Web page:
Thus, on that Saturday afternoon, the 4th of May, he felt for once such a positive aversion from the reading of reviews, as men will feel from their usual occupations when their nerves have been disturbed. He stayed late at Chambers, and came straight home outside an omnibus.
The tide of life was flowing in the town. The streets were awash with wave on wave of humanity, sucked into a thousand crossing currents. Here men and women were streaming out from the meeting of a religious congress, there streaming in at the gates of some social function; like bright water confined within long shelves of rock and dyed with myriad scales of shifting colour, they thronged Rotten Row, and along the closed shop-fronts were woven into an inextricable network of little human runlets. And everywhere amongst this sea of men and women could be seen their shadows, meandering like streaks of grey slime stirred up from the lower depths by some huge, never-ceasing finger. The innumerable roar of that human sea climbed out above the roofs and trees, and somewhere in illimitable space blended, and slowly reached the meeting-point of sound and silence--that Heart where Life, leaving its little forms and barriers, clasps Death, and from that clasp springs forth new-formed, within new barriers.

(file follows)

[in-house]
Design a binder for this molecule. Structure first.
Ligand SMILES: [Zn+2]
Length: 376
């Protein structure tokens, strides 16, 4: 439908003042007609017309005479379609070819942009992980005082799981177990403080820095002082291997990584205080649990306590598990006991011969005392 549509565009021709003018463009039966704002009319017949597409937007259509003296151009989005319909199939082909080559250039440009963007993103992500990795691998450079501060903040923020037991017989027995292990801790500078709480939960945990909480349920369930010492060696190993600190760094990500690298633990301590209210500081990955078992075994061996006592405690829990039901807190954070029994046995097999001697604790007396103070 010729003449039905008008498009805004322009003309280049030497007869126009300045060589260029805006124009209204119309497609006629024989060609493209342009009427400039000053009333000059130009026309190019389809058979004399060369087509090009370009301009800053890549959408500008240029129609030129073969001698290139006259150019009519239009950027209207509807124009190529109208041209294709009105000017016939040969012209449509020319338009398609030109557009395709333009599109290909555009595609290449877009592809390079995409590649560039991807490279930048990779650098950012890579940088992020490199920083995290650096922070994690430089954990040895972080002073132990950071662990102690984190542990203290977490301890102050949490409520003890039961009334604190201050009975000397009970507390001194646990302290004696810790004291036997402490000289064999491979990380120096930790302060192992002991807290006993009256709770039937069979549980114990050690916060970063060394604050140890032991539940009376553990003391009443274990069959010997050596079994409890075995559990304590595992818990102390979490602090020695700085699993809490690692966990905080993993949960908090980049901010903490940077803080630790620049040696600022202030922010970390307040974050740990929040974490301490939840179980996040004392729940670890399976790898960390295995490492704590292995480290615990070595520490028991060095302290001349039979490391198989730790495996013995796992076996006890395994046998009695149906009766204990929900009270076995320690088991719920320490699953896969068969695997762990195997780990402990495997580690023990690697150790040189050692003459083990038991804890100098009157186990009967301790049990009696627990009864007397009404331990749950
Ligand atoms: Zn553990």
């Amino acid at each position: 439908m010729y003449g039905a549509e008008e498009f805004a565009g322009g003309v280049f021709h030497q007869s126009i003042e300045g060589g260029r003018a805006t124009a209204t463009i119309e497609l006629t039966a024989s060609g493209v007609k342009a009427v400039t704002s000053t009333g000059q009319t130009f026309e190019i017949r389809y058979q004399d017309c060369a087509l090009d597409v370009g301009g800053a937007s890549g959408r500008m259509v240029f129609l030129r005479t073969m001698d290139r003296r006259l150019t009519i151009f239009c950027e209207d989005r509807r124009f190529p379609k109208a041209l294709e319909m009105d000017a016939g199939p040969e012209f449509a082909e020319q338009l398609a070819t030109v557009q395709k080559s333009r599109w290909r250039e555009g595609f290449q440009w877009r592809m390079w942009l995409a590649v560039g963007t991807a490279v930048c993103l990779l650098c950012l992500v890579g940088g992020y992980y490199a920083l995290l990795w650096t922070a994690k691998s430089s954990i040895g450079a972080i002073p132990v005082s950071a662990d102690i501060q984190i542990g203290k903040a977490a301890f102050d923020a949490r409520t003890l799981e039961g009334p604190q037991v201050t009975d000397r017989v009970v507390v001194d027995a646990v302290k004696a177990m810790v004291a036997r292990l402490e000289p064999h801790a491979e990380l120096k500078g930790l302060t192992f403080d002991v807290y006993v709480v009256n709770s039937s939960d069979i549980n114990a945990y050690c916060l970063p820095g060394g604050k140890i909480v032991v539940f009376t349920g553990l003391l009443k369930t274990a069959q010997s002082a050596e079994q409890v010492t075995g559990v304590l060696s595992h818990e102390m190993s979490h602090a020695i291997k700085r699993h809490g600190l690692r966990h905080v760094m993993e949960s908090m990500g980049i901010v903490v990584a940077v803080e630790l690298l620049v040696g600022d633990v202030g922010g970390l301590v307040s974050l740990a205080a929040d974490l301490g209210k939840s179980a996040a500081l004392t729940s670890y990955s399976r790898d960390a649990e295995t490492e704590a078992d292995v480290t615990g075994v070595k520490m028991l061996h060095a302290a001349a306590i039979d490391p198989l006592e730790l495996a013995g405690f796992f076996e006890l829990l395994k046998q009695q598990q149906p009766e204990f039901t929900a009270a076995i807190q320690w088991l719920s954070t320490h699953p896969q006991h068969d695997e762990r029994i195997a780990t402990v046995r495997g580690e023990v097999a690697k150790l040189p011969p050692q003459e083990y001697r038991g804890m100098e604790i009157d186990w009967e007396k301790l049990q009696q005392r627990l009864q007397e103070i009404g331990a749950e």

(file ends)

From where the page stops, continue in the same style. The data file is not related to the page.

Above this crowd of his fellow-creatures, Stephen drove, and the same Spring wind which had made the elm-trees talk, whispered to him, and tried to tell him of the million flowers it had fertilised, the million leaves uncurled, the million ripples it had awakened on the sea, of the million flying shadows flung by it across the Downs, and how into men's hearts its scent had driven a million longings and sweet pains.
It was but moderately successful, for Stephen, like all men of culture and neat habits, took Nature only at those moments when he had gone out to take her, and of her wild heart he had a secret fear.
On his own doorstep he encountered Hilary coming out.
"I ran across Thyme and Martin in the Gardens," the latter said. "Thyme brought me back to lunch, and here I've been ever since."
"Did she bring our young Sanitist in too?" asked Stephen dubiously.
"No," said Hilary.
"Good! That young man gets on my nerves." Taking his elder brother by the arm, he added: "Will you come in again, old boy, or shall we go for a stroll?"
"A stroll," said Hilary.
Though different enough, perhaps because they were so different, these two brothers had the real affection for each other which depends on something deeper and more elementary than a similarity of sentiments, and is permanent because unconnected with the reasoning powers.
It depended on the countless times they had kissed and wrestled as tiny boys, slept in small beds alongside, refused-to "tell" about each other, and even now and then taken up the burden of each other's peccadilloes. They might get irritated or tired of being in each other's company, but it would have been impossible for either to have been disloyal to the other in any circumstances, because of that traditional loyalty which went back to their cribs.